Topics: Economy of Japan, Suicide, Death Pages: 5 (1246 words) Published: May 13, 2013
Journal of Business Ethics (2009) 84:209–216 DOI 10.1007/s10551-008-9701-8

Ó Springer 2008

‘‘Karoshi (Work to Death)’’ in Japan

Atsuko Kanai

ABSTRACT. Since the collapse of Japan’s bubble economy in the early 1990’s, the Japanese economy has only recovered slightly. This has direct implications for employment. Both the seniority wage system and the lifetime employment system, which were popular during the period of economic growth in Japan, unavoidably changed to an outcome-wage system. Now there is greater mobility in employment, increased use of nonregular employees, and diversed working patterns. The problem of karoshi – a potentially fatal syndrome resulting from long work hours – has been known since the early 1980s. This problem has become more serious in recent years. The purpose of this article is to provide an overview of the economic and employment conditions in Japan, as well as to examine the working lifestyle of Japanese men and its connection to ‘‘karoshi.’’ It is argued that (1) the long work hours are not the preference of individuals, but rather the result of the adaptation to the work environment, and; (2) solving this problem requires re-conceptualization of workers’ human rights on the part of both companies and the society as a whole. KEY WORDS: karoshi (work to death), karo-jisatsu (suicide by overwork), white-collar exemption, Japanese male workers

‘‘Karoshi’’ in Japan Karoshi is one of the consequences of working long hours, deteriorating an employee’s health. This term first appeared in the early 1980s, right before Japan entered into the so-called bubble economy. It was defined as a ‘‘condition of being permanently unable to work or dead due to acutely attacking ischemic heart disease such as myocardial infraction, or acute heart failure caused by cerebral vascular diseases such as cerebral hemorrhage, subarachnoid hemorrhage and cerebral infraction, because inherent health problems such as hypertension and arteriosclerosis are deteriorated by excessive work overload’’ (Hosokawa et al., 1982). The National Defense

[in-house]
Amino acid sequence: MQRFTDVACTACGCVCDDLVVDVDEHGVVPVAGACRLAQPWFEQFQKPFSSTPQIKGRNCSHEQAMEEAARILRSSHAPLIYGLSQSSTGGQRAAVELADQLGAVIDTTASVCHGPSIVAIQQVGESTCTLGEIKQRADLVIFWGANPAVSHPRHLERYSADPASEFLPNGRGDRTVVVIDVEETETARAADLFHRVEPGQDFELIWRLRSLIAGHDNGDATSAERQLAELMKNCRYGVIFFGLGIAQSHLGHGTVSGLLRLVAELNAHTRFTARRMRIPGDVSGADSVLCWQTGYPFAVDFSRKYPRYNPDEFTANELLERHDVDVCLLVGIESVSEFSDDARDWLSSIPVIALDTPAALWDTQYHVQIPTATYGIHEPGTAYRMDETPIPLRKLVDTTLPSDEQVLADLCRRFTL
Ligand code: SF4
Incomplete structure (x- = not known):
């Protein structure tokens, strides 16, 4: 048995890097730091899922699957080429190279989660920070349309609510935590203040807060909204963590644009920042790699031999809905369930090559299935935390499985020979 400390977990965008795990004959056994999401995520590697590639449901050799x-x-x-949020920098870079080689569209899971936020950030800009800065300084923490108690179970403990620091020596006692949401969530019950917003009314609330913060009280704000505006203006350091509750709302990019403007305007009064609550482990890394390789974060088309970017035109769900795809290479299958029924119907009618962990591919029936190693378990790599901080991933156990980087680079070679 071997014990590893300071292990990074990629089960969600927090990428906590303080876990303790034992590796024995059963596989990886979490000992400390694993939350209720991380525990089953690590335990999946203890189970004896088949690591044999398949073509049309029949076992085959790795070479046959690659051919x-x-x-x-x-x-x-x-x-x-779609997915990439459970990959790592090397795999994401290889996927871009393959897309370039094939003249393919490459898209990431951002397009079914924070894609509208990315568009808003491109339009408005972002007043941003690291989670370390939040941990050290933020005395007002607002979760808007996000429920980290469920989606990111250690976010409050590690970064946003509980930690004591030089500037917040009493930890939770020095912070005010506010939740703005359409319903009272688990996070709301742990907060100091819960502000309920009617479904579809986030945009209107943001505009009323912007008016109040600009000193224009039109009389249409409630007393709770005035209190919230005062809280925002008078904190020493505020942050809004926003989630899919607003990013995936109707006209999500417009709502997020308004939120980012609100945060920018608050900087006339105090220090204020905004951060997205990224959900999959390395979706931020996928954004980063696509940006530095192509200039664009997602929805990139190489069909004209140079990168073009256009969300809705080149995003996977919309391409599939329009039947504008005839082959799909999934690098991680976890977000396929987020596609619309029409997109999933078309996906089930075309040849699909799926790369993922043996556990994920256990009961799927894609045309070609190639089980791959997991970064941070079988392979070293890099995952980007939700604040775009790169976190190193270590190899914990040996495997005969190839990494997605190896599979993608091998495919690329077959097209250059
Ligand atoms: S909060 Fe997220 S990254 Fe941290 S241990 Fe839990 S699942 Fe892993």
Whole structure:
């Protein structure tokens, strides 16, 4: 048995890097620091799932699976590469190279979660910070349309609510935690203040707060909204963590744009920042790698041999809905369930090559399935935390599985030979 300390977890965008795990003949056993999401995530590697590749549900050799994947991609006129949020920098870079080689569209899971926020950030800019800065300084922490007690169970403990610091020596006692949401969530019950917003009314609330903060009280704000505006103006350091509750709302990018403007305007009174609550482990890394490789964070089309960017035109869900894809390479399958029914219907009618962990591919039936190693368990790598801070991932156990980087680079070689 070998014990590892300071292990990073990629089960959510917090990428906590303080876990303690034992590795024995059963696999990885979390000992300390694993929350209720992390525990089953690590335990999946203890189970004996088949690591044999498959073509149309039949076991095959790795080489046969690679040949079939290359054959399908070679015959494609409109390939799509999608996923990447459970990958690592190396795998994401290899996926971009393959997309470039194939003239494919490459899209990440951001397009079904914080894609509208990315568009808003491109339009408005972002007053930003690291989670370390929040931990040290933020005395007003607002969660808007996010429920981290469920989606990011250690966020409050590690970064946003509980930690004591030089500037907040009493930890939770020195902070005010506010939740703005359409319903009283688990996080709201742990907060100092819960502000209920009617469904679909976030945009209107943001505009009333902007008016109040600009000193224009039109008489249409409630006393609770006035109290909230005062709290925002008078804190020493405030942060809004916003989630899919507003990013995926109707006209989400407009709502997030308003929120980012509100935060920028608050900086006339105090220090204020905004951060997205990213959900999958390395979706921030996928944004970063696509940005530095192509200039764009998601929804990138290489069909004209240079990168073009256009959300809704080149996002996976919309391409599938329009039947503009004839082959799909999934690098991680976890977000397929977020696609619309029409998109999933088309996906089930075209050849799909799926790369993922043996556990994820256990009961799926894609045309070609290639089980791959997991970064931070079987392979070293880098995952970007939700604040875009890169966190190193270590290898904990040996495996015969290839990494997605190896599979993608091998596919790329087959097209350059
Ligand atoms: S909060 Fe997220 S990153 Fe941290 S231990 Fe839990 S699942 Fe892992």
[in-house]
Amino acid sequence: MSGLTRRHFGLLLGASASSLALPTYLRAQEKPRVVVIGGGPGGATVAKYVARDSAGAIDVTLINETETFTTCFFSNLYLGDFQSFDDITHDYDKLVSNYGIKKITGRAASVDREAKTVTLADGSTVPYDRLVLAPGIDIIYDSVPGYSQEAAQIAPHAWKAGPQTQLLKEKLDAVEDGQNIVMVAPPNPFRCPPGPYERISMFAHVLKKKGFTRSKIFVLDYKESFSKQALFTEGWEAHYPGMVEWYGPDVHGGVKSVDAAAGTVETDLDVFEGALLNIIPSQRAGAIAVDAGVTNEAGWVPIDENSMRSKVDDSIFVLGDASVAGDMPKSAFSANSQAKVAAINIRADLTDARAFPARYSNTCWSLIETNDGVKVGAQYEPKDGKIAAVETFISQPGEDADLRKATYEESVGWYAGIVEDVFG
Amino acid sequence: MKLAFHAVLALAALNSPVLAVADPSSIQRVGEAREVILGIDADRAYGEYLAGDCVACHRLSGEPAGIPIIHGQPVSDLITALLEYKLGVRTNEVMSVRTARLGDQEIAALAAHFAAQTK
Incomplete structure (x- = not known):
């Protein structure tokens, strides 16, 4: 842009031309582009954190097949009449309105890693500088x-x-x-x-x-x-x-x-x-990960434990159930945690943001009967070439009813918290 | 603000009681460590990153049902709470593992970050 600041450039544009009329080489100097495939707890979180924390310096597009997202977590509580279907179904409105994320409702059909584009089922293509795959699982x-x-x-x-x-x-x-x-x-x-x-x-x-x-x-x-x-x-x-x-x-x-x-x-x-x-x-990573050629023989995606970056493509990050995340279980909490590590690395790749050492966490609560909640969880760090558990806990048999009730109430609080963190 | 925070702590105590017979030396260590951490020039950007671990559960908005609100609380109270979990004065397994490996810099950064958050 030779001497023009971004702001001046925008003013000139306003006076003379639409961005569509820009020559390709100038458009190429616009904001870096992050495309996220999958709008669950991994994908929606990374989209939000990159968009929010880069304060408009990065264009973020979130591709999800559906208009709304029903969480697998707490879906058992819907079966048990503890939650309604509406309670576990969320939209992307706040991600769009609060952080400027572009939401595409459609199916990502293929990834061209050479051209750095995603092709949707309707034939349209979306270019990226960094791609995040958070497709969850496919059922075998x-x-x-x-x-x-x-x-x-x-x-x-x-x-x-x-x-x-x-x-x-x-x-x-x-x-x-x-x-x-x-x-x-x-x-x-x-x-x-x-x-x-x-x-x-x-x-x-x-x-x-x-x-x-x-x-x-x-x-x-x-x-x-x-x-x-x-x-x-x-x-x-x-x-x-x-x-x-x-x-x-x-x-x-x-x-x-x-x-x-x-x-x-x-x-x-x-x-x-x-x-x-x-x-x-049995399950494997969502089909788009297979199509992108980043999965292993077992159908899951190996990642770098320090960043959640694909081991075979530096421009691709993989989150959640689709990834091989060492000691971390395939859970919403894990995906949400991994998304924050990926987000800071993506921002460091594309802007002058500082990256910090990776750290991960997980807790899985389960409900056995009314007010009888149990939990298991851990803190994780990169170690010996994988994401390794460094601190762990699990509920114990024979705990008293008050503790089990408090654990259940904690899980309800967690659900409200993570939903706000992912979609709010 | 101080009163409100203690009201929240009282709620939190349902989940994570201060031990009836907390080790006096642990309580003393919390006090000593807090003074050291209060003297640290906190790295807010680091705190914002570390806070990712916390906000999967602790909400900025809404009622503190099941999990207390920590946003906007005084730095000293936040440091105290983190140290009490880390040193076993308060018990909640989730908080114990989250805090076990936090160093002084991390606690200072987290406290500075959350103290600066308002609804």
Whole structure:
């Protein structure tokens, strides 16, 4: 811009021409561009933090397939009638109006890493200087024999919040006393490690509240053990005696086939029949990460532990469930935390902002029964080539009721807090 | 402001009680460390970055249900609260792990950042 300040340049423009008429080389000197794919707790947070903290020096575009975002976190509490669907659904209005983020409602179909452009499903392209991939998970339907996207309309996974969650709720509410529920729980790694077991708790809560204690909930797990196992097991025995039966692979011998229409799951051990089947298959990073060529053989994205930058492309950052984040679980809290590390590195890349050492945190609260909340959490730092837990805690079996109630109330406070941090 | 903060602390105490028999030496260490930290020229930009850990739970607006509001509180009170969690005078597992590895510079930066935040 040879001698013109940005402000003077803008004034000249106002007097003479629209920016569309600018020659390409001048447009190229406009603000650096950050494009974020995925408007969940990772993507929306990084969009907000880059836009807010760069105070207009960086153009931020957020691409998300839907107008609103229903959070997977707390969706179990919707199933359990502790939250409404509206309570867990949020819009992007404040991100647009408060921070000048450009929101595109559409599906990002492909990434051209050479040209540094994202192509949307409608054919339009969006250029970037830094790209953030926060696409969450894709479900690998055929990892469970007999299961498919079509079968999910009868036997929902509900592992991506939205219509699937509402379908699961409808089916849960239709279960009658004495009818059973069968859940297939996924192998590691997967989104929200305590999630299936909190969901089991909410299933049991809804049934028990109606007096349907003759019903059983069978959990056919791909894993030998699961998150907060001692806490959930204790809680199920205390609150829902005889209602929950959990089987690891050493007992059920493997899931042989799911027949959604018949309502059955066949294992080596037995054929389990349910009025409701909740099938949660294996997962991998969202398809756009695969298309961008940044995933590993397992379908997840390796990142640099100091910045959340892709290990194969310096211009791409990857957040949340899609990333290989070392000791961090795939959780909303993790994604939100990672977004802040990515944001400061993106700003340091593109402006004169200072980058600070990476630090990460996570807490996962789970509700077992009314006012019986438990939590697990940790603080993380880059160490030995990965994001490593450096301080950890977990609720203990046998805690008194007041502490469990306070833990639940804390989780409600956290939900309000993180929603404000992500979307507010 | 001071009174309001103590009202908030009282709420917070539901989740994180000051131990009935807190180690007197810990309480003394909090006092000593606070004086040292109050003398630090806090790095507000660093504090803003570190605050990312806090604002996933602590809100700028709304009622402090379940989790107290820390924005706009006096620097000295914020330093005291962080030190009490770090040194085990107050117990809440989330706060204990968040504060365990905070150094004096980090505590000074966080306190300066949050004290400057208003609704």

Council for Karoshi Victims (1989) describes karoshi as a ‘‘fatal condition in which the living rhythm of a human being is collapsed due to excessive fatigue and the life maintenance function is ruined.’’ Figure 1 shows the changes in the number of workers’ accident compensation approved as a result of cerebral/cardio diseases and mental disorders (Ministry of Health Labor and Welfare, 2004, 2007b) Death caused by cerebral/cardio diseases corresponds to karoshi, and suicide or attempted suicide due to mental disorders corresponds to karo-jisatu (suicide by overwork). The number of death cases due to cerebral/cardio diseases in 1996 and earlier, however, has not been reported. Even though the problem of karoshi has been pointed out since early 1980s (for example, National Family Group of Karoshi Victims, 1997), the Ministry of Health, Labor and Welfare was initially reluctant to approve karoshi. However, as the harmful effects of excessive fatigue or weariness became evident, the Ministry modified standards for karoshi approval in 1995, and further relaxed such standards in 2002. Similarly, so-called karo-jisatsu – suicide committed by workers who were depressed due to work overload – was initially not approved because it was considered intentional behavior on the part of the worker. However, in response to increases in karo-jisatsu, the Ministry relaxed approval standards for mental disorders in 1998. In Figure 1, the result of such revisions can be seen in the increased approval rates of cerebral/cardio diseases from 1995 and mental disorders from 1999 as well as the rapid increase of approved cerebral/ cardio diseases in 2002. In 2006, the number of workers’ accident compensation approved as a result of cerebral/cardio diseases and mental disorders was 355 (including 147 death cases), and the number of mental disorders was 205 (including 66 suicide and attempted suicide...
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